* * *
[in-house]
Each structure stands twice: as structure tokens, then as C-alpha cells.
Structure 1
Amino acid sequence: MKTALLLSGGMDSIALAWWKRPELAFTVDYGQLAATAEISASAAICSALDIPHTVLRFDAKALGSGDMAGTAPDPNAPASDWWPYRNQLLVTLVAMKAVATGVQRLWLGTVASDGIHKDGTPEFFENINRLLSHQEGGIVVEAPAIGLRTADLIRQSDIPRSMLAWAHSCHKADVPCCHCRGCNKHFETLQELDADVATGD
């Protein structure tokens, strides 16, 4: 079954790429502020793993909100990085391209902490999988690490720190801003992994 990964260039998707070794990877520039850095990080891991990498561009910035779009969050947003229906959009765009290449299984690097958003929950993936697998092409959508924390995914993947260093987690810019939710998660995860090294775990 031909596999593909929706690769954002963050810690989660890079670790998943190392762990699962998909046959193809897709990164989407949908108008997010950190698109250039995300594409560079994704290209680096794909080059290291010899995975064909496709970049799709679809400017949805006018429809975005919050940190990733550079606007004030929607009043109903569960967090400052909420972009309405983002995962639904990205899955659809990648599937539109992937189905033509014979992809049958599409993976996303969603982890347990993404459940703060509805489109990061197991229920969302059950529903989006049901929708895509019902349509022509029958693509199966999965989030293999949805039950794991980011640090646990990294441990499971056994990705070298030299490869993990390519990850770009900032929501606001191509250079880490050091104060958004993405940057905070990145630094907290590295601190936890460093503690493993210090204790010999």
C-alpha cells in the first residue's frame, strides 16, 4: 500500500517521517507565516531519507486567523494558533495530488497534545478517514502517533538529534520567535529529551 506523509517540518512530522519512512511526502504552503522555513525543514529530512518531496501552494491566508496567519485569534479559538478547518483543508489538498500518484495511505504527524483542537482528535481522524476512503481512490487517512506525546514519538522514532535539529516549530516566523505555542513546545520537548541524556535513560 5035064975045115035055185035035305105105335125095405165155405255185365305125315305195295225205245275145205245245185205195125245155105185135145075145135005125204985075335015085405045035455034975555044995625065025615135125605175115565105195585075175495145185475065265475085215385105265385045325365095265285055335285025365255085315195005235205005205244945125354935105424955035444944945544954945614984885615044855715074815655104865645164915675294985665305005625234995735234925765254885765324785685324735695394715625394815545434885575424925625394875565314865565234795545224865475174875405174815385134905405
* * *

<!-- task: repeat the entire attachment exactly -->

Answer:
[in-house]
Each structure stands twice: as structure tokens, then as C-alpha cells.
Structure 1
Amino acid sequence: MKTALLLSGGMDSIALAWWKRPELAFTVDYGQLAATAEISASAAICSALDIPHTVLRFDAKALGSGDMAGTAPDPNAPASDWWPYRNQLLVTLVAMKAVATGVQRLWLGTVASDGIHKDGTPEFFENINRLLSHQEGGIVVEAPAIGLRTADLIRQSDIPRSMLAWAHSCHKADVPCCHCRGCNKHFETLQELDADVATGD
């Protein structure tokens, strides 16, 4: 079954790429502020793993909100990085391209902490999988690490720190801003992994 990964260039998707070794990877520039850095990080891991990498561009910035779009969050947003229906959009765009290449299984690097958003929950993936697998092409959508924390995914993947260093987690810019939710998660995860090294775990 031909596999593909929706690769954002963050810690989660890079670790998943190392762990699962998909046959193809897709990164989407949908108008997010950190698109250039995300594409560079994704290209680096794909080059290291010899995975064909496709970049799709679809400017949805006018429809975005919050940190990733550079606007004030929607009043109903569960967090400052909420972009309405983002995962639904990205899955659809990648599937539109992937189905033509014979992809049958599409993976996303969603982890347990993404459940703060509805489109990061197991229920969302059950529903989006049901929708895509019902349509022509029958693509199966999965989030293999949805039950794991980011640090646990990294441990499971056994990705070298030299490869993990390519990850770009900032929501606001191509250079880490050091104060958004993405940057905070990145630094907290590295601190936890460093503690493993210090204790010999």
C-alpha cells in the first residue's frame, strides 16, 4: 500500500517521517507565516531519507486567523494558533495530488497534545478517514502517533538529534520567535529529551 506523509517540518512530522519512512511526502504552503522555513525543514529530512518531496501552494491566508496567519485569534479559538478547518483543508489538498500518484495511505504527524483542537482528535481522524476512503481512490487517512506525546514519538522514532535539529516549530516566523505555542513546545520537548541524556535513560 5035064975045115035055185035035305105105335125095405165155405255185365305125315305195295225205245275145205245245185205195125245155105185135145075145135005125204985075335015085405045035455034975555044995625065025615135125605175115565105195585075175495145185475065265475085215385105265385045325365095265285055335285025365255085315195005235205005205244945125354935105424955035444944945544954945614984885615044855715074815655104865645164915675294985665305005625234995735234925765254885765324785685324735695394715625394815545434885575424925625394875565314865565234795545224865475174875405174815385134905405